of Purchase, Purchase
Margin, Abandoned Market
Basket
Advertising Profit from the sales Demographic Variables,
Brokerage of advertising Banner Ad Response,
Affiliate URL Referral,
Distinct IP Addresses, IP
Origination, Registration,
Time of Day, Frequency of
Sessions
E-Commerce Product Merchandising Mix, Total
Branding differentiation Number of On-Line
through unique Sessions, Purchase Amount
branding
Content Profitability derived Recency of Purchase,
Management from the web-site Browsing Duration,
content Browsing Bandwidth,
Browsing Emphasis,
Suspended Session, Total
Number of On-Line Session

Similarly, the clustering screen groups variables for the segmentation of customers. This simplifies the task of choosing the right variables for comparing groups of customers. The buying process, a model of consumer behavior, helps to organize this information. The associated variables for clustering represent similar interests and attributes of customers, ensuring that like customers are compared with like customers as presented in Table 3.

TABLE 3
Buying
Process Consumer Behavior Associated Variables for Clustering
Intention Determining range of Recency, Informa Usage, Catalog
Formation purchase choices Usage, Store Card Ownership,
Banner Ad Response, Affiliate
Referral URL
Browsing Looking for Distinct IP address, IP Origination,
information about a Recency of Visit, Frequency of Visit,
specific purchase Time of Visit, Browsing Duration,
Browsing Bandwidth, Suspended
Session, Browsing Emphasis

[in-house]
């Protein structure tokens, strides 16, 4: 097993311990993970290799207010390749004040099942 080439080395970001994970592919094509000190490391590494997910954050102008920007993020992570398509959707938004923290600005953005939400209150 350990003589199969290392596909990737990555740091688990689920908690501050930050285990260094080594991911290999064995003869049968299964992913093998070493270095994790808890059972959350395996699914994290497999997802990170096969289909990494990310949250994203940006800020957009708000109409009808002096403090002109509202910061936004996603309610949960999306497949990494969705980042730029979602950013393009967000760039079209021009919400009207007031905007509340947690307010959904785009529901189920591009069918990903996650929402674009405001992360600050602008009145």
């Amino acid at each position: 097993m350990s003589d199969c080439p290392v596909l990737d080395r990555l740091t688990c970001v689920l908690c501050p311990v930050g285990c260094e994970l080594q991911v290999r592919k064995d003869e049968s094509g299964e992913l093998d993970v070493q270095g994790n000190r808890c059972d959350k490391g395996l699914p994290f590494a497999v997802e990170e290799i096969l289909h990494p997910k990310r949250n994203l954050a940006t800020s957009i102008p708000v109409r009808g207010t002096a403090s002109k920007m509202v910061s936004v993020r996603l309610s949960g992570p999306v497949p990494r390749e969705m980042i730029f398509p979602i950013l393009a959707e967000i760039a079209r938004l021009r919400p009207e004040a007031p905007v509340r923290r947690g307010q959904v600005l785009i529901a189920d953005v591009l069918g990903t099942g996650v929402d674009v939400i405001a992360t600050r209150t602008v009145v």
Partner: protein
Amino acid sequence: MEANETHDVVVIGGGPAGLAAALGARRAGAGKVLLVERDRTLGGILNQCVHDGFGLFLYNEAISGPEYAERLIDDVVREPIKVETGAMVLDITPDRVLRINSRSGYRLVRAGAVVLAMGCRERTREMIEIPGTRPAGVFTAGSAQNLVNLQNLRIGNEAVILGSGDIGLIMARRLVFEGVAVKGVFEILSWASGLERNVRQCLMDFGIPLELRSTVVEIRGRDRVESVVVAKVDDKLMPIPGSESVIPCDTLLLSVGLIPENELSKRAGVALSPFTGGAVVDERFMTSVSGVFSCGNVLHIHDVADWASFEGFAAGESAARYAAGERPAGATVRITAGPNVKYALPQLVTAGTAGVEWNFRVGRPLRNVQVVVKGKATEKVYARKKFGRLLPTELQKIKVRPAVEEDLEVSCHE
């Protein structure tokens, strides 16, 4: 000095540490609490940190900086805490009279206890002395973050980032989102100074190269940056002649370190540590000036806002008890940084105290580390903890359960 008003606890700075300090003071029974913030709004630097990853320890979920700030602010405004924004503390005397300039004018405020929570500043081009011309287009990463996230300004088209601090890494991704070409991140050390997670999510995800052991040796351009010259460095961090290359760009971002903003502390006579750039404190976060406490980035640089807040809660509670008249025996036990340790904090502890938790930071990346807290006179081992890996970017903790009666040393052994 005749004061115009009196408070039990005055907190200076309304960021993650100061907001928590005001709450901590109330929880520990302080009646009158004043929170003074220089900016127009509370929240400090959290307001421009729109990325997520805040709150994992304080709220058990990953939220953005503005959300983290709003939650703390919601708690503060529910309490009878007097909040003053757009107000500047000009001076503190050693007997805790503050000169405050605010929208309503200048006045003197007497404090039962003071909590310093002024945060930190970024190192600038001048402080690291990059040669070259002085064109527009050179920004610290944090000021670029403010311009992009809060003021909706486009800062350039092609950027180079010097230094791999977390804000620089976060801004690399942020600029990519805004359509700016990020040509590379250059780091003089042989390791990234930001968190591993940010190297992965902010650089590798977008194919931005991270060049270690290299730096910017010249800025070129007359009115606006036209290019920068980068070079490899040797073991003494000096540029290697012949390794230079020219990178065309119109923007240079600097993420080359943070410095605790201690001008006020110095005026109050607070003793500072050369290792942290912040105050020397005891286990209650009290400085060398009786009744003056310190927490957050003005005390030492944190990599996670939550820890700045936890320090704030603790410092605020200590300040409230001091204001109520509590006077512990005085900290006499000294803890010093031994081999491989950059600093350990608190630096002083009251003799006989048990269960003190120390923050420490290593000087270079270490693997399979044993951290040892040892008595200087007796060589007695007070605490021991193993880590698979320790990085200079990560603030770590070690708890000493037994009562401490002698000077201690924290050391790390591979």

Registra- Establishing an Demographic Variables, Registration
tion identity with a
specific retailer
Purchase Selecting and paying Abandoned Market Basket,
for an item Promotional Response, Purchase
Responsibility, Amount of Purchase,
Purchase Margin, Merchandising Mix
Evaluation Determining personal Returned Items, Transhipment, Help
satisfaction with the Desk Request
product

The prediction screen considers groups of variables that relate to customer transactions, customer interactions, and customer expenses as presented in Table 4. Each group helps fill a specific information need about consumers. Transaction variables help establish the value of a given customer. Customer expenses help establish the costs of a given customer. Customer expenses help establish the costs of a given customer. Interaction information help in the prediction of the kinds of information or interaction a consumer may be expecting from a given commerce site. As previously mentioned, the software models segments of like-minded customers, allowing retailers to extend the information they do know about customers to model those customers about which they have only limited information.